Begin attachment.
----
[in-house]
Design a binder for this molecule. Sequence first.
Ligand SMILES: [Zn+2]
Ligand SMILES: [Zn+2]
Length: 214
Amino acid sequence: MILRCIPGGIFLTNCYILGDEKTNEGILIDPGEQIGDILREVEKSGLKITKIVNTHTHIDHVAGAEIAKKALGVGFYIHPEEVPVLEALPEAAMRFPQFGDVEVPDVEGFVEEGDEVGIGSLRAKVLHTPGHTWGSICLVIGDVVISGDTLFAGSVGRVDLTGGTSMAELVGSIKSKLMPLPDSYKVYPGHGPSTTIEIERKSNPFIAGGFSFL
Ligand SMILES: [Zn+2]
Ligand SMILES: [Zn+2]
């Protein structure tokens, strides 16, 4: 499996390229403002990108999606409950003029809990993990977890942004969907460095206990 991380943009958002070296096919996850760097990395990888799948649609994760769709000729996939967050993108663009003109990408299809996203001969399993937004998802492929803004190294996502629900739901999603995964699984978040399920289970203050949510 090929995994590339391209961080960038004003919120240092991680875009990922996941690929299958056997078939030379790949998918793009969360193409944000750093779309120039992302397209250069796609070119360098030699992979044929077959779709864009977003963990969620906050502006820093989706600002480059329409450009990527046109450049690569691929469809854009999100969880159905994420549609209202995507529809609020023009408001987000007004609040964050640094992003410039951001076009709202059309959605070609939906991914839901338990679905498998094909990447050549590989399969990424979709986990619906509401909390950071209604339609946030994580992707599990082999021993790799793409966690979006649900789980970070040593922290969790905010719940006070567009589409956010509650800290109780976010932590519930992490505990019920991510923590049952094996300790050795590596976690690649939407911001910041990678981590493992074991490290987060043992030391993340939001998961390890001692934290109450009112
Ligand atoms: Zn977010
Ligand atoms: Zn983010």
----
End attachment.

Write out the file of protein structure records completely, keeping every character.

[in-house]
Design a binder for this molecule. Sequence first.
Ligand SMILES: [Zn+2]
Ligand SMILES: [Zn+2]
Length: 214
Amino acid sequence: MILRCIPGGIFLTNCYILGDEKTNEGILIDPGEQIGDILREVEKSGLKITKIVNTHTHIDHVAGAEIAKKALGVGFYIHPEEVPVLEALPEAAMRFPQFGDVEVPDVEGFVEEGDEVGIGSLRAKVLHTPGHTWGSICLVIGDVVISGDTLFAGSVGRVDLTGGTSMAELVGSIKSKLMPLPDSYKVYPGHGPSTTIEIERKSNPFIAGGFSFL
Ligand SMILES: [Zn+2]
Ligand SMILES: [Zn+2]
């Protein structure tokens, strides 16, 4: 499996390229403002990108999606409950003029809990993990977890942004969907460095206990 991380943009958002070296096919996850760097990395990888799948649609994760769709000729996939967050993108663009003109990408299809996203001969399993937004998802492929803004190294996502629900739901999603995964699984978040399920289970203050949510 090929995994590339391209961080960038004003919120240092991680875009990922996941690929299958056997078939030379790949998918793009969360193409944000750093779309120039992302397209250069796609070119360098030699992979044929077959779709864009977003963990969620906050502006820093989706600002480059329409450009990527046109450049690569691929469809854009999100969880159905994420549609209202995507529809609020023009408001987000007004609040964050640094992003410039951001076009709202059309959605070609939906991914839901338990679905498998094909990447050549590989399969990424979709986990619906509401909390950071209604339609946030994580992707599990082999021993790799793409966690979006649900789980970070040593922290969790905010719940006070567009589409956010509650800290109780976010932590519930992490505990019920991510923590049952094996300790050795590596976690690649939407911001910041990678981590493992074991490290987060043992030391993340939001998961390890001692934290109450009112
Ligand atoms: Zn977010
Ligand atoms: Zn983010």